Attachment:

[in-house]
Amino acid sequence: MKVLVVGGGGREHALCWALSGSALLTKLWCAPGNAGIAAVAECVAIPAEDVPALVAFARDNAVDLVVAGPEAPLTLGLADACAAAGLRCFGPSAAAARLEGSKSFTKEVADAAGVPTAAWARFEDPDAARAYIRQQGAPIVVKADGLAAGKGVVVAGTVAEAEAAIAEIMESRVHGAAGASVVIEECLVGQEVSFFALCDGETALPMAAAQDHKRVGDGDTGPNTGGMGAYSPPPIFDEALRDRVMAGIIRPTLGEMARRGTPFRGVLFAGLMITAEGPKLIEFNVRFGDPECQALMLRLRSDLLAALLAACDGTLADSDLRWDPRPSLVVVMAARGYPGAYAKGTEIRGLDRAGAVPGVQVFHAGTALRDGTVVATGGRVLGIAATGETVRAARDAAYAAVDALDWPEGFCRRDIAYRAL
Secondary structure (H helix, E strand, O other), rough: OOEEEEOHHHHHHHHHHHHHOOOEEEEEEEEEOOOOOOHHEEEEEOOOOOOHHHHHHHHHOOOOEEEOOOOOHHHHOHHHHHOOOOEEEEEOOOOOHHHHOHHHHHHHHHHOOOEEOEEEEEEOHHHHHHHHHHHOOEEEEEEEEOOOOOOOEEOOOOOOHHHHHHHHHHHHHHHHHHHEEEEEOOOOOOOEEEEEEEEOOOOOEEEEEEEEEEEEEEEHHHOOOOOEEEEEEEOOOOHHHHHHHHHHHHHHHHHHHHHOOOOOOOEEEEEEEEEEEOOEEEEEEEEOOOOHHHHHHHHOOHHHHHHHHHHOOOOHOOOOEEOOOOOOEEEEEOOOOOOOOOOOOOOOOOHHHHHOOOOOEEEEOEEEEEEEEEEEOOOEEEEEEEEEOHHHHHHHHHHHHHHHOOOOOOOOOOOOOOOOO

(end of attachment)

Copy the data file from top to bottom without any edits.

[in-house]
Amino acid sequence: MKVLVVGGGGREHALCWALSGSALLTKLWCAPGNAGIAAVAECVAIPAEDVPALVAFARDNAVDLVVAGPEAPLTLGLADACAAAGLRCFGPSAAAARLEGSKSFTKEVADAAGVPTAAWARFEDPDAARAYIRQQGAPIVVKADGLAAGKGVVVAGTVAEAEAAIAEIMESRVHGAAGASVVIEECLVGQEVSFFALCDGETALPMAAAQDHKRVGDGDTGPNTGGMGAYSPPPIFDEALRDRVMAGIIRPTLGEMARRGTPFRGVLFAGLMITAEGPKLIEFNVRFGDPECQALMLRLRSDLLAALLAACDGTLADSDLRWDPRPSLVVVMAARGYPGAYAKGTEIRGLDRAGAVPGVQVFHAGTALRDGTVVATGGRVLGIAATGETVRAARDAAYAAVDALDWPEGFCRRDIAYRAL
Secondary structure (H helix, E strand, O other), rough: OOEEEEOHHHHHHHHHHHHHOOOEEEEEEEEEOOOOOOHHEEEEEOOOOOOHHHHHHHHHOOOOEEEOOOOOHHHHOHHHHHOOOOEEEEEOOOOOHHHHOHHHHHHHHHHOOOEEOEEEEEEOHHHHHHHHHHHOOEEEEEEEEOOOOOOOEEOOOOOOHHHHHHHHHHHHHHHHHHHEEEEEOOOOOOOEEEEEEEEOOOOOEEEEEEEEEEEEEEEHHHOOOOOEEEEEEEOOOOHHHHHHHHHHHHHHHHHHHHHOOOOOOOEEEEEEEEEEEOOEEEEEEEEOOOOHHHHHHHHOOHHHHHHHHHHOOOOHOOOOEEOOOOOOEEEEEOOOOOOOOOOOOOOOOOHHHHHOOOOOEEEEOEEEEEEEEEEEOOOEEEEEEEEEOHHHHHHHHHHHHHHHOOOOOOOOOOOOOOOOO